DEM: A saline implant is empty when you get it and you just fill it up with IV saline, which is just salt water. You have some flexibilty in terms of adjusting the volume on the operating table. The gel comes pre-filled, you cannot adjust the volume, but there are plenty of sizes of gel to accommodate different needs. The biggest difference for me, and the reason I prefer gel, is because it’s more natural to the hand. The gel is made with a consistency that is very much like natural breast. The saline is much firmer.

How long do implants last?

DEM: The average lifespan on the new generation of gel implants, I think, is going to be greater than 15 years. It’s probably going to be closer to 20 years. Probably on the latest generation of saline implants, it’s going to remain about 15 years. But there are no guarantees. I certainly have patients with 30-year old implants in, but I also have patients where I’ve put implants in who have had implant failure within the first year. So these numbers are averages of length of survival of implant, so for an individual all bets are off. But the average lifespan, I think, is going to be over 15 years for both types.

How do I decide what size is best for me?

DEM: There is no right or wrong answer about size, but I always tell people, ‘The harder you push, the bigger you go, particularly the smaller you are to start with, the higher the complication rate. Of all complications: implant displacement, getting the implants uneven in terms of their position on the chest, capsular contraction, infection, bleeding, nerve injury- injury to the nerve that goes to the nipple and gives you permanent feeling in your nipple. All of those complications go up the harder you push,the bigger the implant you try to put in. So I try to encourage pts to be realistic about their size, particularly the young women who have never been pregnant, who have A or AA breasts. We can certainly go to a C, C+ a little bit, but beyond that I think you are risking complications and I try to discourage that. Ultimately, it’s up to the patient, but if a patient asked for me to do something I wasn’t comfortable doing, I’d just suggest that they probably ought to go see somebody else.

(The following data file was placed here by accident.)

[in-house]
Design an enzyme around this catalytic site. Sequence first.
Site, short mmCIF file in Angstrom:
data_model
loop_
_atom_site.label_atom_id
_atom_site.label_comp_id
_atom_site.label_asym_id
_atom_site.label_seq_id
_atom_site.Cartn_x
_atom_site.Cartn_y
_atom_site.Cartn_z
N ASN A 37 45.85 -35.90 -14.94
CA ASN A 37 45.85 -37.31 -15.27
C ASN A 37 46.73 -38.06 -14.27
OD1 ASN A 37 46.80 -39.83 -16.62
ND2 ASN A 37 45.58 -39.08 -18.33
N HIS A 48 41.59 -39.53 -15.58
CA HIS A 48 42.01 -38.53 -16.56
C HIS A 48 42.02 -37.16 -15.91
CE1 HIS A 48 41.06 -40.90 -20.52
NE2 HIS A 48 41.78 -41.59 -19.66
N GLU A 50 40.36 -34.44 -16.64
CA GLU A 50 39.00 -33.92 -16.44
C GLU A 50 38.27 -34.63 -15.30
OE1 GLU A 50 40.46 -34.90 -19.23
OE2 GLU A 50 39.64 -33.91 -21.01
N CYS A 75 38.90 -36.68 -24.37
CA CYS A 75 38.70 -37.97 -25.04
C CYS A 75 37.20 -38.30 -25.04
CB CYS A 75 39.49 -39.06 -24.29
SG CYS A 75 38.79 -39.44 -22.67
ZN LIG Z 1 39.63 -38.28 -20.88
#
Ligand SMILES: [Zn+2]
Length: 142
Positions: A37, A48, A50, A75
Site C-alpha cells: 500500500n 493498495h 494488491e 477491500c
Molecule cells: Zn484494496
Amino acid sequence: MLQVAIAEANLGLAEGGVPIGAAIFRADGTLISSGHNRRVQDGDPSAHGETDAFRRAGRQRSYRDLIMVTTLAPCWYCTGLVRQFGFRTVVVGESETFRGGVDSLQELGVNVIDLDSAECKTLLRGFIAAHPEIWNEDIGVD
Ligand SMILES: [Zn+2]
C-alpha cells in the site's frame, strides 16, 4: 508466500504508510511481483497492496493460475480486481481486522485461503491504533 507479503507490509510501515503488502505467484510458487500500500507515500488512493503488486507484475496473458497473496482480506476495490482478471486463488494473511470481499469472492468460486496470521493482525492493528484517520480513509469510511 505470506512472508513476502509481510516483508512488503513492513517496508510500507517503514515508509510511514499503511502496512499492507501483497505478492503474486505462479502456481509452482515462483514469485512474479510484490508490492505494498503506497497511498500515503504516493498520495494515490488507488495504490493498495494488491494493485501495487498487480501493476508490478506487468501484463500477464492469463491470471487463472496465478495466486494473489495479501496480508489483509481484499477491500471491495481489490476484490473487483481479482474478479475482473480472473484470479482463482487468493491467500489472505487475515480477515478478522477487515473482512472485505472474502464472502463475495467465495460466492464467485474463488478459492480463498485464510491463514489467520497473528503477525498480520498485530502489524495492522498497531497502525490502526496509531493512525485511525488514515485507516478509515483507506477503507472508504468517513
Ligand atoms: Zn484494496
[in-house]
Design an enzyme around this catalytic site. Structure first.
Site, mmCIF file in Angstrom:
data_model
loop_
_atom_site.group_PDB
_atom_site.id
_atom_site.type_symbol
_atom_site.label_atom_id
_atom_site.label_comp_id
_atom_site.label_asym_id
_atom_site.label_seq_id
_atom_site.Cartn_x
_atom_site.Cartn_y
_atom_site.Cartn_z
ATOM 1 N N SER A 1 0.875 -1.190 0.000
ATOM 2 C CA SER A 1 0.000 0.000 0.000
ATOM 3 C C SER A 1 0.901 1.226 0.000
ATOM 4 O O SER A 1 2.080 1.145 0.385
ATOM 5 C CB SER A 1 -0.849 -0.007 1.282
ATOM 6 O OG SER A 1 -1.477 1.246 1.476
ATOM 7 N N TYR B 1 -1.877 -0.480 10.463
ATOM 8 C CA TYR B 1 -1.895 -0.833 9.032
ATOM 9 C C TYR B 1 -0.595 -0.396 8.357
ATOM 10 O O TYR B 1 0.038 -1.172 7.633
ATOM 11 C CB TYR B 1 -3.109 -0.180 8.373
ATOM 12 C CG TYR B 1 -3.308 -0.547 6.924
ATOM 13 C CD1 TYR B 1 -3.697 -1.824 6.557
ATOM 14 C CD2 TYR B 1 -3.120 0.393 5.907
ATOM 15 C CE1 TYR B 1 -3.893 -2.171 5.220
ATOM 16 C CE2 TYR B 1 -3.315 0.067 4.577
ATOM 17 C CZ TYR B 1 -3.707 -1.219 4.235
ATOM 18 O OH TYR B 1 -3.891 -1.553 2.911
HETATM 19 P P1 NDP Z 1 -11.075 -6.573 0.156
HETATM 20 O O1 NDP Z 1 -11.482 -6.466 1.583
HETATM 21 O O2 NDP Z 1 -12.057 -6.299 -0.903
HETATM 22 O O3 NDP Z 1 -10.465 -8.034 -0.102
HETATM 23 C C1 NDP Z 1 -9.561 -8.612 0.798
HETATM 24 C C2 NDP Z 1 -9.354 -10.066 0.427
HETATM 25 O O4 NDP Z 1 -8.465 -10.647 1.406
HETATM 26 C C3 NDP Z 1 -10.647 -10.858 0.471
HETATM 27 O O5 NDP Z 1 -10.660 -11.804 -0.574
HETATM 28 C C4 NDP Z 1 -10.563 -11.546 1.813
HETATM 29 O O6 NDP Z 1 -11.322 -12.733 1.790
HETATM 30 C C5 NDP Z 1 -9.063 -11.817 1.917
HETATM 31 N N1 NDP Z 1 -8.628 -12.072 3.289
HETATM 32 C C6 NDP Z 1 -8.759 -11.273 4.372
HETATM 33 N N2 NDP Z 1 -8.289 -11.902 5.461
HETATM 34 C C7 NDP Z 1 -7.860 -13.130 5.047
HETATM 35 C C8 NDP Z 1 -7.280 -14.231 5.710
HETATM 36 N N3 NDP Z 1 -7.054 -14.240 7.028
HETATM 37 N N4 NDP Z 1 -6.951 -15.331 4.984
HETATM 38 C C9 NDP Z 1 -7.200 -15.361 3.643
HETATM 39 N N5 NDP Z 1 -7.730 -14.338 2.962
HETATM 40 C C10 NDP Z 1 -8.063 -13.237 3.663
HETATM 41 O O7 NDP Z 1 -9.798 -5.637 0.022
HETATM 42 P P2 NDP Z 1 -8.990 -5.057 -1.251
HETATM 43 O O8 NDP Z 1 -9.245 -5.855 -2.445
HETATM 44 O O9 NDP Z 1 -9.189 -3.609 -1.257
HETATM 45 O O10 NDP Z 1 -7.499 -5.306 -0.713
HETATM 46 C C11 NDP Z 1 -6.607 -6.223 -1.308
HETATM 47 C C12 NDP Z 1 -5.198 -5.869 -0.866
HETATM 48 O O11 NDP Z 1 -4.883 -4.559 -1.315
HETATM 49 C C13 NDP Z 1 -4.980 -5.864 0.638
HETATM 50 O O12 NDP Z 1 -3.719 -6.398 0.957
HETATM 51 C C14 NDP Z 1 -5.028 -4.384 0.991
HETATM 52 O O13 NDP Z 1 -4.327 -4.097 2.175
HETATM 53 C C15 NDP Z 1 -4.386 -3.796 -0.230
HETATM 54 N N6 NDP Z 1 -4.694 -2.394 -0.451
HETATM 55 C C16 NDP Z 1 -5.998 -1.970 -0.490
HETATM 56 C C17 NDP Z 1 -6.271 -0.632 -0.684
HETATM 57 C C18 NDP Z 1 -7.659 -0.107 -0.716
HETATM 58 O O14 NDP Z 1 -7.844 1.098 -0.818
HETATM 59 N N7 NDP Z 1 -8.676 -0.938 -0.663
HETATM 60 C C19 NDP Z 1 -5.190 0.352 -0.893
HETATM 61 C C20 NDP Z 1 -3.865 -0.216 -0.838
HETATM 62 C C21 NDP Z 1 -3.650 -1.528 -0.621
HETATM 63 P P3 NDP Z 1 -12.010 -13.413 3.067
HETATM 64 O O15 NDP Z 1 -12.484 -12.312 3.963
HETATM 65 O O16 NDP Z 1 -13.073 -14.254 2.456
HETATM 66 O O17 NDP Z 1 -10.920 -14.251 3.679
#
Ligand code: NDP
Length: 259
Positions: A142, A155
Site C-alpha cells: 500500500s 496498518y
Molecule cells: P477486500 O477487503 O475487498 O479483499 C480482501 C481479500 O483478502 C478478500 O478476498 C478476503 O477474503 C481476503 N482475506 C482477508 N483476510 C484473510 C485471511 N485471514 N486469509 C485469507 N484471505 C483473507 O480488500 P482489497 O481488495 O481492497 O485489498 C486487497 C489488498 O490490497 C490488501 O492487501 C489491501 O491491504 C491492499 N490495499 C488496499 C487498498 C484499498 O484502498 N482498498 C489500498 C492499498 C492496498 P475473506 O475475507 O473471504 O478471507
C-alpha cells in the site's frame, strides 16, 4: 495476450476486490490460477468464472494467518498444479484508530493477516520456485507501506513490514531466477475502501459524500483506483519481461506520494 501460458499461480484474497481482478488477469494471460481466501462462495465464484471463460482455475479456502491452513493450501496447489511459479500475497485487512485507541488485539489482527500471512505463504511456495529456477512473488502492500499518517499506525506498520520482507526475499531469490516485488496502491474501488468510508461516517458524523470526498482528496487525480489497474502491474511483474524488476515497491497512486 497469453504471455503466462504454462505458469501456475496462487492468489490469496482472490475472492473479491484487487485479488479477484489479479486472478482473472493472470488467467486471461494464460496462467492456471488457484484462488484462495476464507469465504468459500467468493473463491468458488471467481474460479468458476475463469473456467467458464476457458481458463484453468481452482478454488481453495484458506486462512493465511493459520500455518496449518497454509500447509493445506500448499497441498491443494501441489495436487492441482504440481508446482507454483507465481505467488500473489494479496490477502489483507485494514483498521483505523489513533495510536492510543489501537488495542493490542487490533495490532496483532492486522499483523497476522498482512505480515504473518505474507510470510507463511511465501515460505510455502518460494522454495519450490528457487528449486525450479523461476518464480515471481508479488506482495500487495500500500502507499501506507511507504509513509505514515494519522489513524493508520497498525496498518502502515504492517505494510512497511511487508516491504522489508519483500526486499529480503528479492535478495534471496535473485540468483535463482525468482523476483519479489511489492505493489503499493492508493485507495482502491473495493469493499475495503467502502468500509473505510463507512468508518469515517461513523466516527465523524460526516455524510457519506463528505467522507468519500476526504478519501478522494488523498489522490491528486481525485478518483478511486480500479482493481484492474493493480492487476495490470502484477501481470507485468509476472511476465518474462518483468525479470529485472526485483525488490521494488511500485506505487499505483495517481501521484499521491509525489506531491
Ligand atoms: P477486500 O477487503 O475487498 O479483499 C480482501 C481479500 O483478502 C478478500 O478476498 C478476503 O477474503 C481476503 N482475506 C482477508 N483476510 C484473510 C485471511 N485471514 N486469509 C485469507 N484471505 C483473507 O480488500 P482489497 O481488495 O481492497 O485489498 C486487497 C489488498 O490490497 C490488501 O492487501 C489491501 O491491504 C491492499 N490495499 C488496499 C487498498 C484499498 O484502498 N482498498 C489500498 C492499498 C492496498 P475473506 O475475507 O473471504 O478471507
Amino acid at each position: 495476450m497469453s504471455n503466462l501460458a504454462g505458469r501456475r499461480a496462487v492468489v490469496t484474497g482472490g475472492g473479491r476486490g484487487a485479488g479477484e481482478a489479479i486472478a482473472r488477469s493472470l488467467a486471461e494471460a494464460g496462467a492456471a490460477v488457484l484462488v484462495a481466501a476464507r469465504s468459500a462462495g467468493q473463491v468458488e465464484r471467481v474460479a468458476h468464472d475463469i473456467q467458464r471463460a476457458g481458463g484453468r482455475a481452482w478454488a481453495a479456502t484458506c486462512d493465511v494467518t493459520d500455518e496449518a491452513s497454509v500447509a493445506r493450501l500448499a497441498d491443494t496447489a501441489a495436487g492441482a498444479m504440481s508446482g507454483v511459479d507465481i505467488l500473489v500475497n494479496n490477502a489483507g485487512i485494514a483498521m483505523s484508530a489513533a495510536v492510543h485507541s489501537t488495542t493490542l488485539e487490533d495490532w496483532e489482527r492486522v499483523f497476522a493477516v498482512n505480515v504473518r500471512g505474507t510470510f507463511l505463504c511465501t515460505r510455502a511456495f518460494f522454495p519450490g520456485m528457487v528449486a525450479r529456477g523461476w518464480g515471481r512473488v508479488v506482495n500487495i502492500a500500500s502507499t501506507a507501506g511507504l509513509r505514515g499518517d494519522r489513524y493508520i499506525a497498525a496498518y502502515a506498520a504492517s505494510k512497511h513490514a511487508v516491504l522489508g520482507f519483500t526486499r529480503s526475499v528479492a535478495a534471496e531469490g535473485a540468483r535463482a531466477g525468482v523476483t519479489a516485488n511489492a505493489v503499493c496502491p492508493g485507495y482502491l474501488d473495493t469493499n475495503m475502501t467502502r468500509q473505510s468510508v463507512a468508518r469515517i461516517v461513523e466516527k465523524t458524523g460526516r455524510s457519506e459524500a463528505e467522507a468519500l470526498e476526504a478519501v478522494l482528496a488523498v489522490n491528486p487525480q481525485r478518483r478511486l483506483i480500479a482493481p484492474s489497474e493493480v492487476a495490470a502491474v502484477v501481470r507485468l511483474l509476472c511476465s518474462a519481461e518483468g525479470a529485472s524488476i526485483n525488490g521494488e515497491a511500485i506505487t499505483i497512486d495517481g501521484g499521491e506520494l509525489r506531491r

We size patients in the office with a bra and different implants that are placed in the bra just to give an idea, a starting place. The office manager helps them work through that process. It’s not perfect, but it gives us a range, it gives them some idea.

(Click here to see what Dr. McKee has to say about the visibility of breast implants)

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In part 2 of our interview, Dr. McKee will discuss payment options, recovery times, and what you can do NOW to become a better candidate for the procedure. Stay tuned!

This is provided for informational purposes only and is not intended to take the place of a personal consultation. Every patient has different needs.  As always, Dr. McKee would prefer to speak with you in person to discuss your specific situation.

To schedule a free consultation with Dr. McKee, e-mail us using the form below or call us at 615-868-4091. All information is kept confidential.